How to prevent CSRF attacks when you’re an Angular developer

Cross-Site Request Forgery (CSRF) attacks are a type of security vulnerability that can affect web applications. Angular developers need to be aware of the risks of CSRF attacks and take measures to prevent them. In this tutorial, we will discuss how to prevent CSRF attacks in Angular applications.

Use Angular’s built-in CSRF protection:

Angular provides built-in CSRF protection that automatically generates anti-CSRF tokens and includes them in all HTTP requests. The HttpClientXsrfModule module is responsible for this feature. You can enable this module by adding it to your application’s root module as shown below:

import { HttpClientModule, HttpClientXsrfModule } from '@angular/common/http';

  imports: [
      cookieName: 'XSRF-TOKEN',
      headerName: 'X-XSRF-TOKEN'
  // other module configuration
export class AppModule { }

This code enables the HttpClientXsrfModule and sets the cookie and header names for the anti-CSRF token.

Include the anti-CSRF token in forms and AJAX requests:

To ensure that the anti-CSRF token is included in all HTTP requests, you need to add it to forms and AJAX requests manually. Angular provides a built-in HttpClient service that you can use to send HTTP requests with the anti-CSRF token.

import { HttpClient } from '@angular/common/http';

constructor(private http: HttpClient) {}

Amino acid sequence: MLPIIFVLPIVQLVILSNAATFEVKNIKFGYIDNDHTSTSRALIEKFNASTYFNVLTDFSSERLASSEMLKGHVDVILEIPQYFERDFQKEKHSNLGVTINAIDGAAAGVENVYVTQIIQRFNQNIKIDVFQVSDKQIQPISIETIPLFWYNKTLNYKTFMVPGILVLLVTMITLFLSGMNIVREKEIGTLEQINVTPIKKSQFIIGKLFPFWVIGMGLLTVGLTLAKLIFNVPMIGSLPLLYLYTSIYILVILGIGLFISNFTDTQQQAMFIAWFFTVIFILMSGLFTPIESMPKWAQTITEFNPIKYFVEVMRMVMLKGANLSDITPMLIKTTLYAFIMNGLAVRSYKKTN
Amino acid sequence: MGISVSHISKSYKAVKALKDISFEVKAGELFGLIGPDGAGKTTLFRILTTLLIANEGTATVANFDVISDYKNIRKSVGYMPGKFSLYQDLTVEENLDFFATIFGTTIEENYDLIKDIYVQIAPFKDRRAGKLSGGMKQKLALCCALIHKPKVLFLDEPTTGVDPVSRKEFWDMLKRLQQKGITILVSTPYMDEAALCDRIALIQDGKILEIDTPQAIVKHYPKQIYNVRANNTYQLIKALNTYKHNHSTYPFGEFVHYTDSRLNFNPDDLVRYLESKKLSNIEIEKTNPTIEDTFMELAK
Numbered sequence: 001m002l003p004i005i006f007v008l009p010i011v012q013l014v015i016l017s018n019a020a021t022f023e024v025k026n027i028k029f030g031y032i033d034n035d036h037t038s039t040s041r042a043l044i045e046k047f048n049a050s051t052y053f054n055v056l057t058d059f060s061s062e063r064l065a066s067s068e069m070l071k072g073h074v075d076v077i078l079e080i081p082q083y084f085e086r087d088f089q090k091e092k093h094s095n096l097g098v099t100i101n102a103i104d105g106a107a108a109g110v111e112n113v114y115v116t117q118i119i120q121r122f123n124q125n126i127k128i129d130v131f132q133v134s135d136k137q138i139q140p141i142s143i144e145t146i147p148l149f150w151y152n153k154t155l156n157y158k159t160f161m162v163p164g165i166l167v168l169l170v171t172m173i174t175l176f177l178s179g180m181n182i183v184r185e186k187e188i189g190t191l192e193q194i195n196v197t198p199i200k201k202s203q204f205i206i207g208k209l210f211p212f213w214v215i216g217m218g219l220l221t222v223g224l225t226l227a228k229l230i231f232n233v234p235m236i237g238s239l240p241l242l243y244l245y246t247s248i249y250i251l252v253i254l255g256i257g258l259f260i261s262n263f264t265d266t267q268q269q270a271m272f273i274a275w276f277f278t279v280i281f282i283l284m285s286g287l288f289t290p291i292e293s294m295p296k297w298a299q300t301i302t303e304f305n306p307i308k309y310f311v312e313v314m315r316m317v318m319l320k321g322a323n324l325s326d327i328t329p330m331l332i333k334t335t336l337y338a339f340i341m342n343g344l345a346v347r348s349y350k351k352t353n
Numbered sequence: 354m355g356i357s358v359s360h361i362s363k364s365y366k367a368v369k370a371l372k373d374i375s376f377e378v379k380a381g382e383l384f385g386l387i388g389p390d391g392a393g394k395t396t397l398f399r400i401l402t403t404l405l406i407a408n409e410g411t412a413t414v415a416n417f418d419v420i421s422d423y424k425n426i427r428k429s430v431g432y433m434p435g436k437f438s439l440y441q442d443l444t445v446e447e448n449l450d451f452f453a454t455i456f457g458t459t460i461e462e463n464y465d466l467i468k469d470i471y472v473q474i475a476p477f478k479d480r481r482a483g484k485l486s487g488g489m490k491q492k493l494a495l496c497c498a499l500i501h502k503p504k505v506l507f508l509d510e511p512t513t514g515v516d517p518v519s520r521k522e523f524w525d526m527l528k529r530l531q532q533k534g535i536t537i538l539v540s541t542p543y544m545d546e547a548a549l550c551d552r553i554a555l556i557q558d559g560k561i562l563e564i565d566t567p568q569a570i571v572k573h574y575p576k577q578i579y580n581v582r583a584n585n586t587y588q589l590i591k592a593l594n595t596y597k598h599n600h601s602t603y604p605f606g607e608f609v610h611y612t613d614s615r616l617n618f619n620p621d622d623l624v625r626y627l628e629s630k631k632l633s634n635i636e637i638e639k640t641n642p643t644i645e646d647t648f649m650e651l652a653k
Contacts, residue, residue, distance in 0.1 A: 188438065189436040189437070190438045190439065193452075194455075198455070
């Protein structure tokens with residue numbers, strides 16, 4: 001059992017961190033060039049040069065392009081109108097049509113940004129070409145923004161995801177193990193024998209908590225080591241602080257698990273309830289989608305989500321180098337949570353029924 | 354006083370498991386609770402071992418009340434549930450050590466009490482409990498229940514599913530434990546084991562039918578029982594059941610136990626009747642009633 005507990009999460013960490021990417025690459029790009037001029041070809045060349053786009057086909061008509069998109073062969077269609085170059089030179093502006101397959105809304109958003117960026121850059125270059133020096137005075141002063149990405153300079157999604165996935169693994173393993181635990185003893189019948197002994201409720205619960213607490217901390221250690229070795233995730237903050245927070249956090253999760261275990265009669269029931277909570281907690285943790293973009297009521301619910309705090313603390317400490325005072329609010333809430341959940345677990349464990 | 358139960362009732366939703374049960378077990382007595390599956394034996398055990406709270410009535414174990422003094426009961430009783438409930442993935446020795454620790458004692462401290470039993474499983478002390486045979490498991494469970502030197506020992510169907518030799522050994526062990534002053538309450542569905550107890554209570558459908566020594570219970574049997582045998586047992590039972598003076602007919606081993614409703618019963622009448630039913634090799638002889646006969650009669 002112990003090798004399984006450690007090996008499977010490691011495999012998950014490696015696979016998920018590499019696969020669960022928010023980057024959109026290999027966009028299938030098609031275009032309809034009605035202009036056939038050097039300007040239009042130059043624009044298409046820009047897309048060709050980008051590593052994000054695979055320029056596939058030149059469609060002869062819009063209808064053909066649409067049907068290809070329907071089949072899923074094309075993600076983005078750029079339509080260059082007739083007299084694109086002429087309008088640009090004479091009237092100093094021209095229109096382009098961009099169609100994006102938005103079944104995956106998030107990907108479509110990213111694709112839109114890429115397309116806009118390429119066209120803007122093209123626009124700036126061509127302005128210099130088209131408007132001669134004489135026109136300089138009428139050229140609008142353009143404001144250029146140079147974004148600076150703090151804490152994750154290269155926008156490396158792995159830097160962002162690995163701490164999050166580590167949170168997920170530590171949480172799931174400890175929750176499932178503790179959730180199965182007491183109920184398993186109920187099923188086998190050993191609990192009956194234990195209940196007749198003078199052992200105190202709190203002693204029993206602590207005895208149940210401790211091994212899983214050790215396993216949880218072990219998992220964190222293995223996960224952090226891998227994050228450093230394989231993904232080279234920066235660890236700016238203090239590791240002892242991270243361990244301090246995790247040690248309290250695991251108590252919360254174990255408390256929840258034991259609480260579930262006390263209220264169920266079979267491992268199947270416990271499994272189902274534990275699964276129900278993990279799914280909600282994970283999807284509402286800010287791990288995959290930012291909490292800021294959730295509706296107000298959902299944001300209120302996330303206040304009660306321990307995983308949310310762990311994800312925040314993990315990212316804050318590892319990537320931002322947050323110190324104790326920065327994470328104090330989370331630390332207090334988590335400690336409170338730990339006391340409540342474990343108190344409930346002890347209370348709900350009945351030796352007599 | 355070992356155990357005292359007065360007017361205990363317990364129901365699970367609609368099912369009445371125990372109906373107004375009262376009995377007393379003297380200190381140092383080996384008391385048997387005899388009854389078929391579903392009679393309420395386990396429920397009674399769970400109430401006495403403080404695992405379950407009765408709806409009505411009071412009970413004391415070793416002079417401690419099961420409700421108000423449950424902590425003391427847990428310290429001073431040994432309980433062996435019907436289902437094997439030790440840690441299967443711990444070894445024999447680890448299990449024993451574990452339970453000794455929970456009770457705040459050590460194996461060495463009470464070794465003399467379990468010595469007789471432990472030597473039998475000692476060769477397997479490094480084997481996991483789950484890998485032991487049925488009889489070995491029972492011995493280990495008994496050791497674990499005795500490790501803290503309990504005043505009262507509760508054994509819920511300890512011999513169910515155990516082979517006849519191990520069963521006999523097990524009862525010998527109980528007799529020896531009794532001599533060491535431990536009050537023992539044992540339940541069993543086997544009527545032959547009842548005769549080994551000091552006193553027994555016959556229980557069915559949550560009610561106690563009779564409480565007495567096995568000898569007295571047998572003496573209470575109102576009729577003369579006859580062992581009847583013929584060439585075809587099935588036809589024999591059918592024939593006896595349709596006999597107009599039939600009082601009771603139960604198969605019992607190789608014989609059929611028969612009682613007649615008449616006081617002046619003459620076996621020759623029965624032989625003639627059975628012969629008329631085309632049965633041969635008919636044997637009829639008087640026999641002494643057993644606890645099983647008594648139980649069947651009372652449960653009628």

submitForm() {
  const token = this.tokenService.getToken();
  const headers = { 'X-XSRF-TOKEN': token };
  const body = { data: 'example data' };'/api/submit', body, { headers }).subscribe(response => {
    // handle response

This code sends an HTTP POST request to /api/submit with the anti-CSRF token included in the request headers.

Use SameSite cookies:

SameSite cookies restrict the cookie’s availability to a particular website. By setting the SameSite attribute to “Strict” or “Lax”, you can prevent CSRF attacks by ensuring that the browser only sends the cookie to the website it originated from.

To set SameSite cookies in Angular, you can use the ngx-cookie-service package.

import { CookieService } from 'ngx-cookie-service';

constructor(private cookieService: CookieService) {}

setCookie() {
  this.cookieService.set('session_id', '123', null, '/', null, true, 'Strict');

This code sets a SameSite cookie with the name session_id, value 123, and SameSite attribute set to “Strict”.


CSRF attacks can be prevented by using Angular’s built-in CSRF protection, including the anti-CSRF token in forms and AJAX requests, and using SameSite cookies. By following these best practices, you can ensure that your Angular application is safe and secure from CSRF attacks.

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